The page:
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Phoenix Forward magazine

Diamondbacks’ Paul Goldschmidt scores big in 2013

Photo courtesy of the Arizona Diamondbacks

It was quite a year for Arizona Diamondbacks First Baseman Paul Goldschmidt.

In only his second full season in the big leagues, his hitting and fielding statistics earned him nearly every award possible in 2013, including a trip to the All-Star game and a second-place finish among sportswriters’ votes for the National League’s most valuable player.

“Goldy,” as he’s known around the nation’s ballparks, also completed another noteworthy feat last year: He earned his bachelor's in management degree from University of Phoenix. He graduated with a 3.90 GPA while completing almost all of his courses during each of the past two regular Major League Baseball seasons.

“I’m living the dream,” Goldschmidt says with a chuckle.

That’s about as much hyperbole as you’ll ever hear from him. Goldschmidt, in spite of becoming a full-blown sports superstar at 26, is surprisingly humble.   

“Just like tons of kids, I grew up loving baseball,” he says. But unlike many of his sandlot teammates in suburban Houston, he liked math, too. He could easily calculate just how slim the odds were that any little boy could grow up to make a career out of a love for the game.

“The smart choice was always to concentrate on my education,” he says, pointing out that among all of the baseball players around the world, only 750 compete in the majors each season.

So despite being scouted in high school, he went on to play ball and study finance at Texas State University in 2006. A college standout in school and on the field, he twice was named the Southland Conference scholar-athlete of the year, helping tilt the odds even more heavily in favor of a baseball career.

In 2009, as his junior year ended, the Diamondbacks drafted him.

“It was an opportunity of a lifetime,” he says. “I was on track to graduate the following year. But in baseball, you just never know what to expect. So when an opportunity like that opens up, you just have to take it.”

The smart choice was always to concentrate on my education.

A rookie sensation that first summer in the pros, he earned the title of D-backs Minor League Player of the Year in 2010 and 2011. The big leagues called him up before the 2011 season ended.

He says his baseball contract came with a scholarship to any school of his choice to complete his degree. So he explored his options. “I quickly realized University of Phoenix was the way to go,” he recalls. “When I learned I could take all of my courses online, one at a time, it really made sense for my schedule.”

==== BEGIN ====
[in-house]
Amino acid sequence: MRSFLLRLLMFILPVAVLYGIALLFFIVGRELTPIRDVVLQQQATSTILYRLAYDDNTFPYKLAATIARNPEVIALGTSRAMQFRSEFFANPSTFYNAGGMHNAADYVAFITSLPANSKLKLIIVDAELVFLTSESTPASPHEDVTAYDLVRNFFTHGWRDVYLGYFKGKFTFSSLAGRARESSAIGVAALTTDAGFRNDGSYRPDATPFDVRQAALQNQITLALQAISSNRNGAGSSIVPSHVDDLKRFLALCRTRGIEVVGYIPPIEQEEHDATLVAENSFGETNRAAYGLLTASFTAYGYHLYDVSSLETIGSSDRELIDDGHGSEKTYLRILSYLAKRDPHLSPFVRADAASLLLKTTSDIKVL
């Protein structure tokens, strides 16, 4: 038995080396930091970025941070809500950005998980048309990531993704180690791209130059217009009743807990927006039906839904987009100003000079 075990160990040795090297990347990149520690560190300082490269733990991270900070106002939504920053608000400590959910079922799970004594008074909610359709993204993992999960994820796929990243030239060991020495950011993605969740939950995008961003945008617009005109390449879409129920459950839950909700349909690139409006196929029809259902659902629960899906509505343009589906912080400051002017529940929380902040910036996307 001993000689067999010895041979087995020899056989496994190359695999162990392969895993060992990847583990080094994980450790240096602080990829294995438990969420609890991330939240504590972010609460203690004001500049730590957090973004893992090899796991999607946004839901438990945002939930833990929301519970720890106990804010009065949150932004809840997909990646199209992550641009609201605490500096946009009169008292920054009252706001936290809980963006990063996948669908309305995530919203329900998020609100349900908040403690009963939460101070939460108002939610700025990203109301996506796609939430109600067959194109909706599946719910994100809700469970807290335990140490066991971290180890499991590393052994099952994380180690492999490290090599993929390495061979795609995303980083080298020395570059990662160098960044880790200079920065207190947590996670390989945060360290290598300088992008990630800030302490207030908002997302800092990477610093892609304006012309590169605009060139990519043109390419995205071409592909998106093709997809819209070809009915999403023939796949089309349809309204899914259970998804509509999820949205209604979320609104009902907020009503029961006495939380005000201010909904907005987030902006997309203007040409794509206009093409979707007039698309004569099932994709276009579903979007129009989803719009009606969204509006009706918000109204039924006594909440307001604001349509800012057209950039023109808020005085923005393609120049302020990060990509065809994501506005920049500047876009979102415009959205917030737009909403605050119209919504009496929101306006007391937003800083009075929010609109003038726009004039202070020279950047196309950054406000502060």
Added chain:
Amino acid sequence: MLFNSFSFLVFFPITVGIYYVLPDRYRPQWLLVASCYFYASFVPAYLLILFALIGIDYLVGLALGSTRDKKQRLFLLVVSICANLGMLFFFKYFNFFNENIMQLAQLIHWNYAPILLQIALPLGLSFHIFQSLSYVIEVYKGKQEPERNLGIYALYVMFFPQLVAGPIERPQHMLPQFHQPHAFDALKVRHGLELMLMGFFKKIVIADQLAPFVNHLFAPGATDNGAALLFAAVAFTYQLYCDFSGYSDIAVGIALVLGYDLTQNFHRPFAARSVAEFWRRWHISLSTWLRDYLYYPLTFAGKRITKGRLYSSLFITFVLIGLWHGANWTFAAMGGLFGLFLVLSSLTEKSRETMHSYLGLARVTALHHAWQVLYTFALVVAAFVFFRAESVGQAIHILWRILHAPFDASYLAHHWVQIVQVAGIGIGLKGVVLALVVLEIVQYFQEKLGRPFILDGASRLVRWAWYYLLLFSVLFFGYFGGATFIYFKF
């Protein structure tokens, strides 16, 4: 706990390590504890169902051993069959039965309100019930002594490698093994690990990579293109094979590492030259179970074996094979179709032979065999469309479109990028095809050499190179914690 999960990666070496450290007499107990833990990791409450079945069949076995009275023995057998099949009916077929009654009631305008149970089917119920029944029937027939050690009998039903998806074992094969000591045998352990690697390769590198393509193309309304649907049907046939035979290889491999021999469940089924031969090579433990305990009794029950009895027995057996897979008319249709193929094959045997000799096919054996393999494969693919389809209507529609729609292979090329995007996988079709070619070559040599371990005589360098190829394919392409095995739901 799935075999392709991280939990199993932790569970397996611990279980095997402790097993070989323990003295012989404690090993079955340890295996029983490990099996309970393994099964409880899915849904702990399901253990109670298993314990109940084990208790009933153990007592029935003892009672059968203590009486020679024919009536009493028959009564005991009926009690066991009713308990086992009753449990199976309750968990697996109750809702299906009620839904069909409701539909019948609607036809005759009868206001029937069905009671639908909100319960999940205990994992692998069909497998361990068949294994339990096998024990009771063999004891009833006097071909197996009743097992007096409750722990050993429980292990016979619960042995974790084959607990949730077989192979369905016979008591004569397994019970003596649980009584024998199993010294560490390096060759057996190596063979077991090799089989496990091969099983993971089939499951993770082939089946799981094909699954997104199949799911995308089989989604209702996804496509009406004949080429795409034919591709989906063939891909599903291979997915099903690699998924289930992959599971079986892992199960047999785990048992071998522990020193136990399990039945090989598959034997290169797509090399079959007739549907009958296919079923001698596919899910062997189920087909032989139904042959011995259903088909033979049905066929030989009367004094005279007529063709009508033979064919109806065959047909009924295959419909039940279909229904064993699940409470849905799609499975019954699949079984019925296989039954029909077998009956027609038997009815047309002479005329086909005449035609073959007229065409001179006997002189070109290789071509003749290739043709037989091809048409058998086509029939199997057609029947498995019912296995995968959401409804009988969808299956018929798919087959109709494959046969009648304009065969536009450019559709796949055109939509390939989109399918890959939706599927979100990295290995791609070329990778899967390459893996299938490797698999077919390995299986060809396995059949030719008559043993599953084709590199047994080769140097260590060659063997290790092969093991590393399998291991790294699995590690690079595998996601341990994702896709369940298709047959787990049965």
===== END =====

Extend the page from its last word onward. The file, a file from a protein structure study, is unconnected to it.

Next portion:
It also made sense to him that he concentrate on class during each of the past two 162-game seasons, rather than wait for the down time of fall and winter.

During the season, he says, there’s a rhythm to each day that made it easy to plan for studying, writing papers and communicating with online classmates. Hotels and airplanes offered fewer distractions, he points out, than off-season fundraising and appearance commitments.

Besides, he didn’t find playing ball while going to school half as difficult as what many of his classmates faced, he says.

“I was in class with a lot of military students,” he explains. “I got to interact with our country’s real heroes, and that was a very humbling experience. They have such dangerous jobs — and so much more responsibility. To have to put that aside for schoolwork each day was inspiring. I felt like I had no excuse when it came to deadlines.”

Extra-inning games could certainly make it challenging for submitting assignments on time, he notes. But he remained undeterred.

“I’d be on the plane, in my hotel room, even in the clubhouse, reading, writing, working on a team assignment or posting comments online to my classmates,” he says. “Whatever it took to get my work done, I did it. I was focused on finishing my degree.”

Now that his college studies are behind him, Goldschmidt says he wants to make sure he keeps all doors open when it comes to his future. To stay current, he reads the financial and business pages, he says, and often talks to former players to see what they’re doing outside of baseball — and what opportunities might fit his skill set.

But that’s a long way off, he says, adding, “I always try to live in the moment.”

As the 2014 season gets underway, Goldschmidt’s moment in baseball is now — and for the foreseeable future. In addition to his accomplishments in 2013, he signed a five-year contract extension that starts this year, with an option that could keep him with the Diamondbacks through 2019.

If some baseball fans haven’t heard of him yet, Goldy is on his way to becoming a household name.

University of Phoenix, in partnership with the Arizona Diamondbacks Foundation, offers three full-tuition scholarships to eligible students seeking an undergraduate or master’s degree. Visit the Teaming Up for Education Scholarship page for more information.

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